The price for gas from fields that were assigned by the state to oil companies, mainly Oil and Natural Gas Corporation (ONGC) and Oil India Ltd (OIL), increased to USD 2.90 per million British thermal units (mmBtu) for October 2021-March 2022, from USD 1.79 per mmBtu in the previous six months
The 62 per cent increase in natural gas prices by the Indian government will boost the profitability of upstream companies in the country and support their investment spending, Fitch Ratings said on Tuesday.
The price for gas from fields that were assigned by the state to oil companies, mainly Oil and Natural Gas Corporation (ONGC) and Oil India Ltd (OIL), increased to USD 2.90 per million British thermal units (mmBtu) for October 2021-March 2022, from USD 1.79 per mmBtu in the previous six months.
“Higher gas prices will increase the input cost for key end-consumer sectors, to the extent the price hike is passed on,” Fitch said. Domestically produced gas is supplied on a priority basis to certain sectors, with 30 per cent of it being consumed by power producers, around 27 per cent by the fertiliser sector and 19 per cent by city gas distributors in FY21.
The gas price increase will hit the fertiliser sector’s profitability by increasing working-capital requirements, Fitch said. Auto gas fuel’s price will remain competitive against liquid fuels, albeit with a reduced differential, notwithstanding the gas price increase. This is because liquid auto fuel prices have also been climbing in recent months, given the rise in crude oil prices.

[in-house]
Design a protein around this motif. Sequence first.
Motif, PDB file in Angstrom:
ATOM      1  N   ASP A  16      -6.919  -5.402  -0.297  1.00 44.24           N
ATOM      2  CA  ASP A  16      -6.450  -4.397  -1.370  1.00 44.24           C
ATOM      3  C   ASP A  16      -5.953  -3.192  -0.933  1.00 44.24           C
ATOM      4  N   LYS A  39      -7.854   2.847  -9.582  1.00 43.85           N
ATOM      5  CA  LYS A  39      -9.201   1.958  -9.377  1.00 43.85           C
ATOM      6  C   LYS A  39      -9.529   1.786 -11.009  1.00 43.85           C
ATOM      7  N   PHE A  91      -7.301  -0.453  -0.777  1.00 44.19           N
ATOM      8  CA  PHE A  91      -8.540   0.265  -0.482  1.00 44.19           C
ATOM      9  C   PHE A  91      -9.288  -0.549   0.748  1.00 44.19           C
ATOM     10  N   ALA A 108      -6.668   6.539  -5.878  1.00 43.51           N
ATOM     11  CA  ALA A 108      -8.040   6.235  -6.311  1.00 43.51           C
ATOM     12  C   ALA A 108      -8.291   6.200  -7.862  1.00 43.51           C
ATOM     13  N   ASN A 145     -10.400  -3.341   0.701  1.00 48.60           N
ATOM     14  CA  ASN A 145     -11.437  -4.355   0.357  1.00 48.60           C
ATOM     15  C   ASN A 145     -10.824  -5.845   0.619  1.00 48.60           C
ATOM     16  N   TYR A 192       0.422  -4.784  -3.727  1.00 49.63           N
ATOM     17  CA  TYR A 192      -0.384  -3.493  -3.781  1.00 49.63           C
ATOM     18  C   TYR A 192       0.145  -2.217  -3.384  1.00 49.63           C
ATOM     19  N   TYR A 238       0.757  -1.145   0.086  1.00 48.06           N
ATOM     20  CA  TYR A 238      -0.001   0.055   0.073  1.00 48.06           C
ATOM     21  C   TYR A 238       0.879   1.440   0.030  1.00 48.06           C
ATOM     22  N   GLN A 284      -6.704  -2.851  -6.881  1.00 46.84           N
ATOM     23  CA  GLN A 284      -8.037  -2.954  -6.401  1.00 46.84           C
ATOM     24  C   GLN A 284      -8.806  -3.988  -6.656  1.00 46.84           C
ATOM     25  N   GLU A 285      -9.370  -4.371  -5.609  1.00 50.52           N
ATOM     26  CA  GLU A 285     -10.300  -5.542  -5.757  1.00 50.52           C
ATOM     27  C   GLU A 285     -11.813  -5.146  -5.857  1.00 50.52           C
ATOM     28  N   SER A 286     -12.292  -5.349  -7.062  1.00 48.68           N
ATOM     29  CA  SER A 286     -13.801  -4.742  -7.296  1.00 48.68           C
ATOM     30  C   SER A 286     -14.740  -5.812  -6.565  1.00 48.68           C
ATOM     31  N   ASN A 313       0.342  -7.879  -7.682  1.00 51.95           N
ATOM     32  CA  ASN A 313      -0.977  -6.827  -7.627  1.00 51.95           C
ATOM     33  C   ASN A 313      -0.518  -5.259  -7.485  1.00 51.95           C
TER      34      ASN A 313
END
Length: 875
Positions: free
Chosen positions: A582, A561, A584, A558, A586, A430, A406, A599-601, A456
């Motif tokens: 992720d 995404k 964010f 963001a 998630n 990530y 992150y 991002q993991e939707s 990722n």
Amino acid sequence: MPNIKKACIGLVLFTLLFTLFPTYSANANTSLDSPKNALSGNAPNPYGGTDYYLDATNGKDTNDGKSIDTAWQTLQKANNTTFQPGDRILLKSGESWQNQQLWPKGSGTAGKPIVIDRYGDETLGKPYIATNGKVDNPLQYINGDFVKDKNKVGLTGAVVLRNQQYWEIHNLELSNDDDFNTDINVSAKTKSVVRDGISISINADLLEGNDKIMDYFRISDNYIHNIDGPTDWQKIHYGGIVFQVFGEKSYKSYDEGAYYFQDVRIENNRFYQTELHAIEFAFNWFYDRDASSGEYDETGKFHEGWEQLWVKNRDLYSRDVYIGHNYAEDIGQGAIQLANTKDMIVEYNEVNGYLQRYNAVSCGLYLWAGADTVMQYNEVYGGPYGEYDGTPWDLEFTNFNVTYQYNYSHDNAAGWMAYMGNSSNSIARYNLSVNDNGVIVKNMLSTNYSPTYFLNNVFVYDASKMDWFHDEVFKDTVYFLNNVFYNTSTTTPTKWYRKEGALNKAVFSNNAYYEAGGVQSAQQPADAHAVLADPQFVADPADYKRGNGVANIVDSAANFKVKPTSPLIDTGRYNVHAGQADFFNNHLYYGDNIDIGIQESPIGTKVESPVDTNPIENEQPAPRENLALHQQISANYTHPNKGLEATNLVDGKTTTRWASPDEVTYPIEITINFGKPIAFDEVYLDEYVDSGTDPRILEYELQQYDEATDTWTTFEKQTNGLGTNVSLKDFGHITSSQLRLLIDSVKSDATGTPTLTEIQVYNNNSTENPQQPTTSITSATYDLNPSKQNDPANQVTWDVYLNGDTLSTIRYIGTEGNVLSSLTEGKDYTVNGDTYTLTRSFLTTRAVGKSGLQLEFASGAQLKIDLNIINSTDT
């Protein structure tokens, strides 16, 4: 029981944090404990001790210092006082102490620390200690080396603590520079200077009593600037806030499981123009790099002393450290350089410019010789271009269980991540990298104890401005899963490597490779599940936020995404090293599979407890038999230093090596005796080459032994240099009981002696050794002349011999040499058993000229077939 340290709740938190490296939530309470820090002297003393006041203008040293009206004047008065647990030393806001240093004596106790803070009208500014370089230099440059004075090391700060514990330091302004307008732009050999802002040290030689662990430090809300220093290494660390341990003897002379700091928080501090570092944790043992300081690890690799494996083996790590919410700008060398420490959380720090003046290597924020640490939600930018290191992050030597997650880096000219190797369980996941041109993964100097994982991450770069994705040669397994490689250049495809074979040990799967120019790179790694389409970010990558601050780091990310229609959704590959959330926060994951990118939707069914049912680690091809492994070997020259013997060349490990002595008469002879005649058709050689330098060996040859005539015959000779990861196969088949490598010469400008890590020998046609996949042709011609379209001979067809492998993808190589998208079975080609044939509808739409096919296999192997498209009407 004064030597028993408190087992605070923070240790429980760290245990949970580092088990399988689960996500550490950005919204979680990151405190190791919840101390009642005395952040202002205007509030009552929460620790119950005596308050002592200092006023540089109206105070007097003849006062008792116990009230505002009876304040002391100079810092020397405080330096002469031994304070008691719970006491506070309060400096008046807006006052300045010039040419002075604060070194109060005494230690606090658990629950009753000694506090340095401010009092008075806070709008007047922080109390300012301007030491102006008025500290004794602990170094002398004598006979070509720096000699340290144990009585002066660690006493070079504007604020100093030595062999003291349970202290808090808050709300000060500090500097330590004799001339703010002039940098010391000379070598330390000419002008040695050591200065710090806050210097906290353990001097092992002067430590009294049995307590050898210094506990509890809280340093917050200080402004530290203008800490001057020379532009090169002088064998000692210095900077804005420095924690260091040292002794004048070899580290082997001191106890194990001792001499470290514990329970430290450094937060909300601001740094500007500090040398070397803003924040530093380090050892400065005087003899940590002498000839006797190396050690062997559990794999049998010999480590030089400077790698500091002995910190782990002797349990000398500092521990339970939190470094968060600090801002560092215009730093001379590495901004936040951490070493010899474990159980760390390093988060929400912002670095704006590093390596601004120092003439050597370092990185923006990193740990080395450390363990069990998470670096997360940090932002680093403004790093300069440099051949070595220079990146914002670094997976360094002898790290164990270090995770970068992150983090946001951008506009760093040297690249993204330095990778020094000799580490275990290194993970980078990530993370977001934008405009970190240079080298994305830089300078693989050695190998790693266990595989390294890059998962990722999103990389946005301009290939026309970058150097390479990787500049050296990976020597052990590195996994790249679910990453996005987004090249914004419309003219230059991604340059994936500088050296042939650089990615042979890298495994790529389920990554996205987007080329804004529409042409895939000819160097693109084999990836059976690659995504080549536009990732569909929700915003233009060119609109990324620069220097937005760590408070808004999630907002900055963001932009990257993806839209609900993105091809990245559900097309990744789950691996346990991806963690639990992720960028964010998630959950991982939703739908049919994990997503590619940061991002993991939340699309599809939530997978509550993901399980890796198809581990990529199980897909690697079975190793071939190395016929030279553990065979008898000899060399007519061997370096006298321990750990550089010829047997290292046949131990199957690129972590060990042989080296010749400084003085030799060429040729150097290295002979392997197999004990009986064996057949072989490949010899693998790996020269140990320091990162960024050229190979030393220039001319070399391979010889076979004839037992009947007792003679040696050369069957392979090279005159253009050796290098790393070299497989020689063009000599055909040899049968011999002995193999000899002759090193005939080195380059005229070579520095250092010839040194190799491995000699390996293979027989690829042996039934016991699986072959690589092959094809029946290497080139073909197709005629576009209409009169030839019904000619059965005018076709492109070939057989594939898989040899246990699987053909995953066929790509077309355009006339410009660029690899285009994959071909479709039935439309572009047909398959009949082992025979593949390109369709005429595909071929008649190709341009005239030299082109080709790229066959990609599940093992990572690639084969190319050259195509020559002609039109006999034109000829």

The cost of power generated by gas-based power plants will increase, which will further decrease their utilisation. “ONGC’s and OIL’s ratings and standalone credit profiles (SCP) remain unchanged as the price increase was largely in line with Fitch’s expectations, driven by the rise in global prices over July 2020-June 2021,” the rating agency said in a statement.
However, sustained high gas prices will strengthen ONGC’s ‘bbb+’ SCP and will add buffer to OIL’s credit metrics, which will support its capex to expand capacity at subsidiary Numaligarh Refinery Ltd.
The government also increased the price ceiling for gas produced from deepwater and other difficult fields to USD 6.13 per mmBtu from USD 3.62 per mmBtu.
“Reliance Industries Ltd’s gas production from KG basin will benefit from the higher price ceiling, but the impact on RIL’s financial profile is minimal as gas makes a limited contribution to its revenue,” Fitch said.
The rating agency estimated ONGC’s net leverage, measured by net debt/EBITDA, to improve to around 2.1x in the financial year ending March 2022 (FY22) from 2.7x in FY21 as upstream earnings recover and downstream earnings stay resilient. Natural gas’ share of consolidated revenues is in the mid-single digits for ONGC, given its integrated business model. It expects OIL’s FY22 leverage to be 1.9x. Natural gas accounted for about 13 per cent of OIL’s upstream revenue in FY21, Fitch said.